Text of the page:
March 14, 2018

Imperfectly Perfect


One of the basic rules of the universe is that nothing is perfect. 
Perfection simply doesn't exist...without imperfection, neither you nor I would exist.
~
Stephen Hawking

March 12, 2018

Potcake Mystery Mix: Genetic Testing with Royal Canin


Boca is, officially, a Royal Bahamian Potcake - a mixed-breed dog native to the islands of the Caribbean - but what breed mixture actually makes up a Potcake is anyone's guess. Potcakes can vary widely in appearance, from longer-haired shepherd-types to short-haired, houndish dogs. One fascinating aspect of street dogs is that certain characteristics are apparent all over the world. Boca looks very much like some pictures of street dogs in India that I've seen, and she is smaller than the typical Bahamian Potcake. A recent study attempted to make sense of the Potcake puzzle, and determined that the gene pool of island dogs included a multitude of breeds both ancient and modern. (Some of the dogs used in this study came from the same shelter as Boca!)


When we were approached by Royal Canin to see if we wanted to review their new Genetic Health Analysis DNA testing kit, we excitedly seized the opportunity. The GHA testing kit provides breed results from 250 possible breeds as well as a detailed health snapshot which identifies over 130 genetic mutations.  I have used DNA tests in the past for Ruby and a previous dog, Lasya, and find them to be not only fun, but advantageous in understanding behavior, energy and management needs.


I'm usually fairly adept at correctly guessing the components of mixed breed dogs and love to play along any time I see a "Guess the Breed" game, but Boca has always had me stumped. She looks like...an adorable medium-sized dog! We've been asked by multiple people if she is a Basenji, and based on size, coloration, and the wrinkles she sometimes has on her forehead, as well as the graceful arch of her neck, if I had to pick one breed she most resembles, it would have to be a Basenji.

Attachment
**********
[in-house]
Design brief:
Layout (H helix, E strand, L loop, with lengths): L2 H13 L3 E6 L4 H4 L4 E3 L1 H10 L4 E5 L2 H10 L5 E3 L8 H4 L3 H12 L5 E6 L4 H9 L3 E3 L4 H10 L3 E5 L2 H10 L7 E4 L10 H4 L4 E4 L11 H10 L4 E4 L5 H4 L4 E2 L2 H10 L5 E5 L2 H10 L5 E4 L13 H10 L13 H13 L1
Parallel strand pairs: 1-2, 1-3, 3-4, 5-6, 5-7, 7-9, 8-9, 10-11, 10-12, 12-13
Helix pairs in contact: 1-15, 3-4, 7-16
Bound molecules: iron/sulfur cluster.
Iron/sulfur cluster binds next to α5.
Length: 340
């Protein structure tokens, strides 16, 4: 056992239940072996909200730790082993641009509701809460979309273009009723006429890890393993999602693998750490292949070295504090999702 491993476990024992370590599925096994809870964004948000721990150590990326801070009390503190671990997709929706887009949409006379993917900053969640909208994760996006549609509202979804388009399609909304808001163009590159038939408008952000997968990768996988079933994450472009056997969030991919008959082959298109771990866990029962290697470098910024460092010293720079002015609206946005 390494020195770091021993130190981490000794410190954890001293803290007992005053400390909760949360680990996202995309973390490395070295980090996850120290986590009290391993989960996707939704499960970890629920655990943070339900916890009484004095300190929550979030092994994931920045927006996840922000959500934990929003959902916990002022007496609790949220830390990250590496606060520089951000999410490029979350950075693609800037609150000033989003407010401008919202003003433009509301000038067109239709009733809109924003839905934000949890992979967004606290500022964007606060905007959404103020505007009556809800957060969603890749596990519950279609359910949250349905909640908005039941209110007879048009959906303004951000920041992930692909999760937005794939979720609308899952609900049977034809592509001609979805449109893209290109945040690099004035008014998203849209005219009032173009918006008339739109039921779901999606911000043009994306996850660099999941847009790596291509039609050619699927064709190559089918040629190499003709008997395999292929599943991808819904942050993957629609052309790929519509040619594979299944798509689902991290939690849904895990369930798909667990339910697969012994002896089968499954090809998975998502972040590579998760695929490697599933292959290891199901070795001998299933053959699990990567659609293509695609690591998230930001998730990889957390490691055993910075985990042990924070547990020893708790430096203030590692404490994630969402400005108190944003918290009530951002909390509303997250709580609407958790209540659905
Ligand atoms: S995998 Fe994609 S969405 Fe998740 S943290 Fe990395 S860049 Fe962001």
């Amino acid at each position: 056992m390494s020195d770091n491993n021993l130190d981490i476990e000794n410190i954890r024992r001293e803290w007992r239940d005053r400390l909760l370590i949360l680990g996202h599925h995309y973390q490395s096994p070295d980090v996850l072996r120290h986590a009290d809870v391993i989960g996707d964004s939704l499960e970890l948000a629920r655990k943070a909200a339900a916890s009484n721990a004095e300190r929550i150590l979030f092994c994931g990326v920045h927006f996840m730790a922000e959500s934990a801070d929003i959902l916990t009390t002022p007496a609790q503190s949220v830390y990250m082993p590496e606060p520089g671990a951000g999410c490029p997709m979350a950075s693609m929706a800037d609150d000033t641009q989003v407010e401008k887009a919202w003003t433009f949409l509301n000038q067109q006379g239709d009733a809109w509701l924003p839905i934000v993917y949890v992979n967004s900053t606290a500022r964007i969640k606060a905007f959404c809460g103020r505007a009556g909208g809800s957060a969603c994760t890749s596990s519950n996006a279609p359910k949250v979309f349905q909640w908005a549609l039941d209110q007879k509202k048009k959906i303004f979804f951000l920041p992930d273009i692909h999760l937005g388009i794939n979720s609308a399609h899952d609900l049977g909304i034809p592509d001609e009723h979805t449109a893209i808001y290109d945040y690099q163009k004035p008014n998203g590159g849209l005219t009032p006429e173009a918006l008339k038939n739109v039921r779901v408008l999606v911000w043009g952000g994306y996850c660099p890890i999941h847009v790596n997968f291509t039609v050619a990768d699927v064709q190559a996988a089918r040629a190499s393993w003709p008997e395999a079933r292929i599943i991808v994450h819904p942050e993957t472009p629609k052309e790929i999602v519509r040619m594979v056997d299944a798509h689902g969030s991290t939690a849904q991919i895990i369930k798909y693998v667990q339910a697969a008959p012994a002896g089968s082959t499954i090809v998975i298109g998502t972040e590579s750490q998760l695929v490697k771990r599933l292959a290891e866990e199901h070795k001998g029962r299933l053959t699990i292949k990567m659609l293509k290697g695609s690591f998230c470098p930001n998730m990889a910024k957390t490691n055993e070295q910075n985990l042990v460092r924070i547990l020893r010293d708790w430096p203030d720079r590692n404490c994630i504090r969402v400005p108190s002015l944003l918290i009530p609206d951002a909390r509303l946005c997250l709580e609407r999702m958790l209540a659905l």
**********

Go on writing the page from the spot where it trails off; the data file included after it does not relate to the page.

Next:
Boca came to Colorado as a 4-5 year old dog who had lived in a shelter in The Bahamas for approximately one year. I therefore have very limited information about her previous health history. Longtime readers may recall Boca's 'Ocular Ordeal,' which perplexed several top specialists in our area, so any insight into other potential risks that we can manage ahead of time will be incredibly valuable, not to mention the fun of learning Boca's breed make-up!


The process of having Boca tested was very easy - especially since she seems to enjoy trips to the vet! We had a pleasant drive to the our awesome vet's office, she waited patiently for her appointment, happily posed with our fabulous vet tech Heather, placed herself on the scale to be weighed (exactly 33 pounds if anyone is asking), and willingly followed the staff to an exam room where they swiftly drew a blood sample. This blood sample was packaged and shipped to the Royal Canin lab, and soon after we were notified that it is being processed!



I can hardly stand the suspense and bet there will be some surprises in Boca's unique island ancestry. We'd love to invite our readers to play along - what breeds do you think Boca could be comprised of? Comment with your guesses and we will be back to share the results in a few weeks!


If you are interested in testing your own dog, ask your veterinarian about the Royal Canin Genetic Health Analysis.


This post is sponsored by Royal Canin. I am being compensated for helping spread the word about Royal Canin's Genetic Health Analysis test, but Rubicon Days only shares information we feel is relevant to our readers. Royal Canin is not responsible for the content of this article.